08/03/2011 07:29 pm ET | Updated Oct 03, 2011

Preparing for Success

Week five of the Saturday High Architecture class at Art Center College of Design. The theme is "orchestrating experience on a different scale: 10 ways to prepare for success." Peter Lawrence said: "Design is the term we use to describe both the process and the result of giving tangible form to human ideas. Design doesn't just contribute to the quality of life; design in many ways, now constitutes the quality of life."

Our vocabulary for today is as follows:
ambiguity-the anxiety that comes from not knowing what to do, vagueness or uncertainty of meaning.
continuity-a state or quality of being continuous.
attunement-a state or quality of achieving a harmonious or responsive relationship.

We start our three-hour work session with a pin-up. Sam's parti is "Flow." She is designing a study which is all about books and light. Last time I suggested that she needs to consider the nature of books and their accessibility--having bookshelves above a full-height window might not be an ideal approach. She comes back with a model that clearly shows evolution. The books are not interrupted by the window. In fact, in the spirit of flow, the window continues as the vertical plane of the wall transforms into a sky-lit ceiling. To further enhance her concept, Sam opts to do away with a door--something to stop you--an arched opening marks the entry well.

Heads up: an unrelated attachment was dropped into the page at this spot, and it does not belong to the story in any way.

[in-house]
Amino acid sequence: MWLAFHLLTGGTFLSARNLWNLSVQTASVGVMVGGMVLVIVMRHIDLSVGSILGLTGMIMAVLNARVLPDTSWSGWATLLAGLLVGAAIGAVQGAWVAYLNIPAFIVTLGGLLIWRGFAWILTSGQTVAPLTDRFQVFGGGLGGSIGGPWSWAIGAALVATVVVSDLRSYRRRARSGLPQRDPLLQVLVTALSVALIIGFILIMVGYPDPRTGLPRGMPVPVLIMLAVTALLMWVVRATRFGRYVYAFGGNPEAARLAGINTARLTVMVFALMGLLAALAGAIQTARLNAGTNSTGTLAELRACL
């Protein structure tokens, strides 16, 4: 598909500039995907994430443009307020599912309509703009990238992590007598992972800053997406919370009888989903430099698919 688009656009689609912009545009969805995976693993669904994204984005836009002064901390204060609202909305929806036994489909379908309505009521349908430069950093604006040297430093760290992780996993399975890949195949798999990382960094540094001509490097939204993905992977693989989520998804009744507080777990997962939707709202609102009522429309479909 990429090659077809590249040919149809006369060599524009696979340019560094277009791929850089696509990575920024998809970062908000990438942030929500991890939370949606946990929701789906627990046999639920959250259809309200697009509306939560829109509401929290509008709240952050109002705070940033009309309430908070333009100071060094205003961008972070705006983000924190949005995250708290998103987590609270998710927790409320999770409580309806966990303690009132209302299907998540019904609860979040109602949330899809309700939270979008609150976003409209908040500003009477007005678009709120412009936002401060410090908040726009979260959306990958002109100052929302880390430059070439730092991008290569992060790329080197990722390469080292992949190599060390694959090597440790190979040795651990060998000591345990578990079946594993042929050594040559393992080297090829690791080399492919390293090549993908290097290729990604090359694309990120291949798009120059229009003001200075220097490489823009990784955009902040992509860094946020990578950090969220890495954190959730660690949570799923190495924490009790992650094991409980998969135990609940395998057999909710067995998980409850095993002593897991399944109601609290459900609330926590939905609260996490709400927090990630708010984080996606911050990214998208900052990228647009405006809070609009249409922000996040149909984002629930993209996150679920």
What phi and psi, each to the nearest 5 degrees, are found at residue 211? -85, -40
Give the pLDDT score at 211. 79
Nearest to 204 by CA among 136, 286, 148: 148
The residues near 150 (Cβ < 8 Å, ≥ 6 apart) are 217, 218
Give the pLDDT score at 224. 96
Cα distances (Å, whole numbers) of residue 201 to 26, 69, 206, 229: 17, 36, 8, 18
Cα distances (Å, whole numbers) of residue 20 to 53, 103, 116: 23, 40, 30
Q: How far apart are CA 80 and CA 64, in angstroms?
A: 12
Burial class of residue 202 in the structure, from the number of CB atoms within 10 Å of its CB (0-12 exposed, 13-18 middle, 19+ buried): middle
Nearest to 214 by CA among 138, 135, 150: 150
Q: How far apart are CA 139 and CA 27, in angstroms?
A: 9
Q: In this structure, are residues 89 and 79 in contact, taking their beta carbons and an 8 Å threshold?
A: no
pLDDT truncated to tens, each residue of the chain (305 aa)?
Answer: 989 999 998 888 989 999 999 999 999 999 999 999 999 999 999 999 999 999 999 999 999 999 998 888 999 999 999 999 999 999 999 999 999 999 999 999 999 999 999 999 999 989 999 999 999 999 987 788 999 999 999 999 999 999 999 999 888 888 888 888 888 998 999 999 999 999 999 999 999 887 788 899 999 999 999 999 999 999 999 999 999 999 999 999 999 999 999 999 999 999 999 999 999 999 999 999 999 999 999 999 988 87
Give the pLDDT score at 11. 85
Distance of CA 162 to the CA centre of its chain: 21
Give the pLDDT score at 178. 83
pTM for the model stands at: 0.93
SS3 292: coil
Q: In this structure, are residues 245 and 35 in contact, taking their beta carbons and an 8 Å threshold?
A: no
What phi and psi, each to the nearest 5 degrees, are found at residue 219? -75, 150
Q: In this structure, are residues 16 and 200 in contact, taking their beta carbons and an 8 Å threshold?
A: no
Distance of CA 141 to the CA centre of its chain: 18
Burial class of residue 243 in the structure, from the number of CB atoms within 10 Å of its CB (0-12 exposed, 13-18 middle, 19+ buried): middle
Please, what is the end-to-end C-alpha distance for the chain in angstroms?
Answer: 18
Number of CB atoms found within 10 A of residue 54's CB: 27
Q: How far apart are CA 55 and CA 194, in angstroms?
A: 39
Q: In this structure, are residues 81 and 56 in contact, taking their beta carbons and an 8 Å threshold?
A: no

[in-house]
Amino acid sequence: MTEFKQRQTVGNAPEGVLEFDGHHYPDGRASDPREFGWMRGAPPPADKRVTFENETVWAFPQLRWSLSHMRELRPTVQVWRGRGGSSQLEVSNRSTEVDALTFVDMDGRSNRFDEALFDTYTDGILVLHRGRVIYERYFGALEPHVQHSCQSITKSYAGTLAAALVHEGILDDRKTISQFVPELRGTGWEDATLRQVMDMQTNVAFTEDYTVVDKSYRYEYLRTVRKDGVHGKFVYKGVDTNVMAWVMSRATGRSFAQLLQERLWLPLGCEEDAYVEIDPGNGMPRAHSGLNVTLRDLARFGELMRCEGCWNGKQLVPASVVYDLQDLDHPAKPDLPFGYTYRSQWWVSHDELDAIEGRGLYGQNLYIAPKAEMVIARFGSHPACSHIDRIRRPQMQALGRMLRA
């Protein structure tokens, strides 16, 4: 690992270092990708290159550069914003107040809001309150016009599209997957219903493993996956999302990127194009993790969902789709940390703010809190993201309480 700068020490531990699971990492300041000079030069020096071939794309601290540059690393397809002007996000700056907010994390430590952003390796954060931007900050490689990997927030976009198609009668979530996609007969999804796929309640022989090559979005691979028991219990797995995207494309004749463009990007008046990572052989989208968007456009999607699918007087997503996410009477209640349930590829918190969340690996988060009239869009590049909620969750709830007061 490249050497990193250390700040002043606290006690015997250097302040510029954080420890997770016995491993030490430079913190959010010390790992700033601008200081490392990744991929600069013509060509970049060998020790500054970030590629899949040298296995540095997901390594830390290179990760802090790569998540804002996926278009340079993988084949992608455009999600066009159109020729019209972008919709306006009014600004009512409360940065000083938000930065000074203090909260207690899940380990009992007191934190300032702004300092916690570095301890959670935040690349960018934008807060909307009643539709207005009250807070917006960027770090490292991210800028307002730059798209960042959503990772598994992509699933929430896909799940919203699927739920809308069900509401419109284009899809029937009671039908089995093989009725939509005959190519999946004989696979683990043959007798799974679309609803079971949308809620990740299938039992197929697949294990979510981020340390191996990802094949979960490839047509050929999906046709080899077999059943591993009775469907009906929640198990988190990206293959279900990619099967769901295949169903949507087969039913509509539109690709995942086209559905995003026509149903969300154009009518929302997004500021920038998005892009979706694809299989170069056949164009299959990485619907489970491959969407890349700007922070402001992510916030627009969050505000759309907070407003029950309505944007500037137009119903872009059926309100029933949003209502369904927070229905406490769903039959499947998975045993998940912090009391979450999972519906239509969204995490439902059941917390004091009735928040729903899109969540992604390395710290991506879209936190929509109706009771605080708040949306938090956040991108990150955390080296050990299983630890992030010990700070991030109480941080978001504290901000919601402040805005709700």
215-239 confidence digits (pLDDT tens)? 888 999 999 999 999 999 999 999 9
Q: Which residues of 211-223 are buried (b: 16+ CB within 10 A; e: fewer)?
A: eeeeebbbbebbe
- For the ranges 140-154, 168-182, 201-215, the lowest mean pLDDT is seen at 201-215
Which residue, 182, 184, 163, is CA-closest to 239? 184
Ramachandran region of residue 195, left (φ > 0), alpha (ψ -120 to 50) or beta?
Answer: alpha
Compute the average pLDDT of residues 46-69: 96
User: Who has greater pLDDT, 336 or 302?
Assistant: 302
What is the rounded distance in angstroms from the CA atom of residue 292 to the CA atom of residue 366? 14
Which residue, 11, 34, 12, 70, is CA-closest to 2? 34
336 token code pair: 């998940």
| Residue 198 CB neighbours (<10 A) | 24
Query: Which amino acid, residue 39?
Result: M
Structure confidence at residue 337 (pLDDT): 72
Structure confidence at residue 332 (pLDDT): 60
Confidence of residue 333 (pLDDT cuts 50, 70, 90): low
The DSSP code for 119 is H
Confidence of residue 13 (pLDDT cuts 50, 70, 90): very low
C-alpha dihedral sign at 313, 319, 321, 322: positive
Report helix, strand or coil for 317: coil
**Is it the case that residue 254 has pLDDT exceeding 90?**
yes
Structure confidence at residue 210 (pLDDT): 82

John's idea is to "follow the sun." He is proposing a structure that is ¾ of a circle with a continuous balcony. Ground floor glazing is translucent to "protect privacy," whereas the upper floor has transparent fenestration, inviting the view.

Using Martin's model, I attempt to explain the concept of hierarchy--even though all the rooms appear the same, position of a door suggests differentiation. There will be a whole lesson devoted to it, but I feel that it is important to talk about it already.

Shawn's original bold gesture of "playground" is getting diluted with functional considerations. His challenge is not to compromise, not to abandon initial clarity and simplicity. He almost needs to go back.

Sophia is the last one and I almost overlook her. She speaks up and reminds me. This is wonderful: she tried to avoid being "put on the spot" before. This change in itself is huge. Clearly, she is preparing for success! Her project takes a very different approach from everyone else's. Sophia manipulates the ground plane to delineate separate areas by defining space with steps, not walls.

As we go through everyone's work, I stress the idea of the process, of going back and forth. It pleases me that they take my words to heart. I sense that I earned their respect. Good thing, I have something encouraging to say to all of them individually!

Today's lecture is quite simple. I unroll a set of architectural drawings for a house to point out various details and answer questions. The sheer volume of documentation is fascinating to them. They are very engaged.



I end the class with a quote from Virginia Woolf: "The success of the masterpieces seems to lie not so much in their freedom from faults... but in the immense persuasiveness of a mind which has completely mastered its perspective." What does that mean?